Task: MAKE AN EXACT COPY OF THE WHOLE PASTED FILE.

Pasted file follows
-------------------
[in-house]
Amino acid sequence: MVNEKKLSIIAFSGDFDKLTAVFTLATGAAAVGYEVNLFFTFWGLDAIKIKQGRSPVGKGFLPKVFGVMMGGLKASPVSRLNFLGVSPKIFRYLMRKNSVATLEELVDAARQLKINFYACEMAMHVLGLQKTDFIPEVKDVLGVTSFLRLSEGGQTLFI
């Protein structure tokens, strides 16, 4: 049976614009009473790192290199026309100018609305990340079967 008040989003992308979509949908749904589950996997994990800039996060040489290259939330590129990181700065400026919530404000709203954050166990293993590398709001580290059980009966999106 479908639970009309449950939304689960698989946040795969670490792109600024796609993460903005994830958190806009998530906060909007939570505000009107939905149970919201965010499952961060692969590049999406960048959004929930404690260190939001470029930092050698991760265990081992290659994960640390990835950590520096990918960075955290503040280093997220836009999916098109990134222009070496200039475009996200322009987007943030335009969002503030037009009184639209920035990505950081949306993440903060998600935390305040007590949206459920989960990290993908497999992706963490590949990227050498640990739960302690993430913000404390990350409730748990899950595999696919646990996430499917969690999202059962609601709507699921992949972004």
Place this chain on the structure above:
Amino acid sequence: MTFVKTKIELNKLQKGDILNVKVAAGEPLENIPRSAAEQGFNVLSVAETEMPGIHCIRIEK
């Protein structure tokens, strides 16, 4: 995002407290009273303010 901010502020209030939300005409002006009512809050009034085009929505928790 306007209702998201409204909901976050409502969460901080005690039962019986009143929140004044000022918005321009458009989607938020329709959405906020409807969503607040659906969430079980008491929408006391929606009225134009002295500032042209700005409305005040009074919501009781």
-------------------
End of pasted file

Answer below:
[in-house]
Amino acid sequence: MVNEKKLSIIAFSGDFDKLTAVFTLATGAAAVGYEVNLFFTFWGLDAIKIKQGRSPVGKGFLPKVFGVMMGGLKASPVSRLNFLGVSPKIFRYLMRKNSVATLEELVDAARQLKINFYACEMAMHVLGLQKTDFIPEVKDVLGVTSFLRLSEGGQTLFI
């Protein structure tokens, strides 16, 4: 049976614009009473790192290199026309100018609305990340079967 008040989003992308979509949908749904589950996997994990800039996060040489290259939330590129990181700065400026919530404000709203954050166990293993590398709001580290059980009966999106 479908639970009309449950939304689960698989946040795969670490792109600024796609993460903005994830958190806009998530906060909007939570505000009107939905149970919201965010499952961060692969590049999406960048959004929930404690260190939001470029930092050698991760265990081992290659994960640390990835950590520096990918960075955290503040280093997220836009999916098109990134222009070496200039475009996200322009987007943030335009969002503030037009009184639209920035990505950081949306993440903060998600935390305040007590949206459920989960990290993908497999992706963490590949990227050498640990739960302690993430913000404390990350409730748990899950595999696919646990996430499917969690999202059962609601709507699921992949972004």
Place this chain on the structure above:
Amino acid sequence: MTFVKTKIELNKLQKGDILNVKVAAGEPLENIPRSAAEQGFNVLSVAETEMPGIHCIRIEK
């Protein structure tokens, strides 16, 4: 995002407290009273303010 901010502020209030939300005409002006009512809050009034085009929505928790 306007209702998201409204909901976050409502969460901080005690039962019986009143929140004044000022918005321009458009989607938020329709959405906020409807969503607040659906969430079980008491929408006391929606009225134009002295500032042209700005409305005040009074919501009781």